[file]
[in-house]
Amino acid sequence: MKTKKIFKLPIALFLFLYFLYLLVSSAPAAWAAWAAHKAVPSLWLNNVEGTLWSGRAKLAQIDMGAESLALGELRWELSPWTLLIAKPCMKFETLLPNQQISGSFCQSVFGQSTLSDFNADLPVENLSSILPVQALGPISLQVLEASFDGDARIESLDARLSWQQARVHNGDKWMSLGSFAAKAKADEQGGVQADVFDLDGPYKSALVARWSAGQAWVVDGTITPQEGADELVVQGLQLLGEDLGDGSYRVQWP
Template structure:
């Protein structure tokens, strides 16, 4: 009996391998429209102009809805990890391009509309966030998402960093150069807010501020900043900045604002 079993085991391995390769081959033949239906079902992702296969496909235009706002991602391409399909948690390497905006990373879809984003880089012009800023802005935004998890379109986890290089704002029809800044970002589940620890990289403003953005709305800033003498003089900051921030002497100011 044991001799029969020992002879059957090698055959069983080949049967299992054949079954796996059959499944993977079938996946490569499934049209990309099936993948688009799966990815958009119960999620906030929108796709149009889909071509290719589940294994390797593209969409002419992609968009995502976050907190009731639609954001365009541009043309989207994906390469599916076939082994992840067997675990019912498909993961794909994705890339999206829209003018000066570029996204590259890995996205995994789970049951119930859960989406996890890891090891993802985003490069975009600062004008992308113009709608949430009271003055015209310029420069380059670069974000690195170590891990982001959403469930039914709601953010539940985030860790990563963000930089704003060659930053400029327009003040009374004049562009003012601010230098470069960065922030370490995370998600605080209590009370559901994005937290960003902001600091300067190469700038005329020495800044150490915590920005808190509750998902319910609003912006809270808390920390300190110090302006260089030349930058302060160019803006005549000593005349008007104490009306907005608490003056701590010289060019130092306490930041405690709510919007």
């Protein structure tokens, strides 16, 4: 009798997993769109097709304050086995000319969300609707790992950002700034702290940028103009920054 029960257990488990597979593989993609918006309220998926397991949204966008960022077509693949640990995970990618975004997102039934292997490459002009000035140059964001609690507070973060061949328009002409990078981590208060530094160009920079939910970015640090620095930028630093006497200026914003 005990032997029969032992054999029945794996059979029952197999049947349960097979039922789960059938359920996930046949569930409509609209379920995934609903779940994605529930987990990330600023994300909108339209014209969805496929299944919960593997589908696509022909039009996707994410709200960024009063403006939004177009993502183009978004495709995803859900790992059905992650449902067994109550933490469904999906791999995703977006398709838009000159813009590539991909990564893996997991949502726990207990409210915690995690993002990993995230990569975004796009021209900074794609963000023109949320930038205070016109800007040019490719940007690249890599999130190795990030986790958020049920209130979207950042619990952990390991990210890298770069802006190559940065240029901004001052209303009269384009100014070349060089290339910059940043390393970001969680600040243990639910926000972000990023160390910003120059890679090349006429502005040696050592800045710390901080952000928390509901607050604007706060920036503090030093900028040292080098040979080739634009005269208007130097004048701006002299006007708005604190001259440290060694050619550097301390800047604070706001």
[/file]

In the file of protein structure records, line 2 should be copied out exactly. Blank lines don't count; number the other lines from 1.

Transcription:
Amino acid sequence: MKTKKIFKLPIALFLFLYFLYLLVSSAPAAWAAWAAHKAVPSLWLNNVEGTLWSGRAKLAQIDMGAESLALGELRWELSPWTLLIAKPCMKFETLLPNQQISGSFCQSVFGQSTLSDFNADLPVENLSSILPVQALGPISLQVLEASFDGDARIESLDARLSWQQARVHNGDKWMSLGSFAAKAKADEQGGVQADVFDLDGPYKSALVARWSAGQAWVVDGTITPQEGADELVVQGLQLLGEDLGDGSYRVQWP